A couple of weeks ago, Spotify published the results of new research it conducted earlier this year exploring how people engage with different media. It’s an interesting read: the research uses neuromeasurement to get a sense of how the brain responds when we consume different types of content, and the results are written up in a thoughtful way. The conclusion it reaches is that digital audio generates greater engagement and emotional resonance among listeners than broadcast radio (and Spotify performs even better than digital audio), and that therefore digital audio is the best medium on which advertisers can spend their money.
The results aren’t surprising – Spotify commissioned the research, and wouldn’t publish the results if they didn’t reflect favourably on digital audio – but if you regularly read media research you may remember similar claims being made about TV and its superiority as an ad medium. In fact, around the same time that Spotify published the results of this research, thinkTV in Canada updated its ‘Power of TV’ deck, which includes research results showing TV is far better than radio and digital media at capturing attention, and thus is the best place for advertisers’ dollars.
And those of you with long memories or a particular interest in media research may also recall an article by Mark Barber of RadioCentre on WARC, exploring the challenges of using attention as a measure of impact for audio formats such as radio or Spotify, and highlighting that standard attention-based metrics don’t necessarily indicate the suitability of different audio channels for advertising.
What Marketers Should Take from Broad-Brush Studies
So what should marketers learn from this type of research? Is there any value in its conclusions and, perhaps more importantly, how should brands incorporate its findings into their thinking about their own campaigns?
Firstly, there is undoubtedly some merit to Spotify’s research and its results. Listening to audio content on demand can generate more focus and engagement than broadcast radio, at least some of the time, because listeners are invested in the album, playlist or show they chose to play. And arguably, this effect applies to podcasts in particular, as they combine both the engagement that comes from being on-demand with the more attentive listening that spoken word content can demand.
But at the same time studies like this and the research cited by thinkTV that try to condense a whole medium down to a single set of figures such as “attention” present an overly simplistic picture of the numerous different ways in which we interact with different types of content. TV can be a source of gripping must-watch drama and also of background noise while you’re cooking; listening to audio content (whether on the radio or through Spotify) can be classical music in the background or a nuanced and thought-provoking podcast or talk radio segment. How much you focus on or engage with what you’re listening to isn’t constant, regardless of the format, but depends on a huge range of context like the setting (at home, in the car, at work), the time of day, your mindset, what else you’re doing at the same time and so on. So any research that claims categorically that one medium generates more engagement or attention than another without taking into account these myriad different consumption occasions somewhat reduces the relevance of its own conclusions.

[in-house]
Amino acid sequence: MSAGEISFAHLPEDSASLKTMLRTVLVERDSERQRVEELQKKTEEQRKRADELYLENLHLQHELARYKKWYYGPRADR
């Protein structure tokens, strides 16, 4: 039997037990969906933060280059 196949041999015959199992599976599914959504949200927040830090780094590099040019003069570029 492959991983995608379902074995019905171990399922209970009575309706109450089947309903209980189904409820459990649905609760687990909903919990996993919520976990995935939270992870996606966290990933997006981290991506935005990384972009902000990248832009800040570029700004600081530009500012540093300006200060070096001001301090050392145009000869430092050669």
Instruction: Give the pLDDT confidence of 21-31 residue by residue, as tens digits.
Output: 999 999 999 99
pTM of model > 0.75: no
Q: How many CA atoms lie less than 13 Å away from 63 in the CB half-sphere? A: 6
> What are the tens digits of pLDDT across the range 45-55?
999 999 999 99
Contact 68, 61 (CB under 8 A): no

That same complexity applies to advertising, and understanding its impact too. Every single audio ad campaign has countless factors at play even beyond where and how a listener is listening, such as the campaign’s audience, the messaging and tone, the nature of the creative and the ad format (15 second radio ad, 30 second host read etc). So this type of broad-brush finding that “this medium always has more attention than that medium” isn’t particularly relatable to any individual advertising campaign.
Research’s Role for Marketers
But the wider point, about the importance of understanding how listeners are engaging with an ad campaign and responding to its messaging, is one that should be central to the thinking of every marketer and brand. Research is a core pillar of this understanding; from more complex approaches such as media mix modelling and attribution to simpler studies involving surveys of a campaign’s core audience, well-designed research is an invaluable tool for marketers.
For audio ad campaigns, the best place to start is in exploring how listeners are reacting to your creative. Do they like it, is it resonating with them, and does it have any effect on their awareness of or attitudes towards your brand? This exploration can be done ‘in the wild’ (surveying people who have heard a campaign in the course of their regular listening), or in a more structured environment with controlled-exposure testing. Each approach has its benefits; but both are relatively straightforward and, while they don’t involve neuromeasurement, can still produce robust proof points around the impact and value of a well-thought-out audio campaign, whether it’s running on radio, Spotify or other channels.
Nick Drew is a senior research consultant with Signal Hill Insights. He leads many of the firm’s ad effectiveness and brand lift studies, applying his client side expertise from heading up research for Yahoo in Canada and LATAM and previous roles with The Financial Times and Microsoft. You can reach Nick by email here.
Signal Hill Insights is an audio research consultancy. We partner with publishers, broadcasters and advertisers to tap new opportunities in audio. If you’d like to know more about our brand lift studies or the other audio research we do, visit us at https://signalhillinsights.com/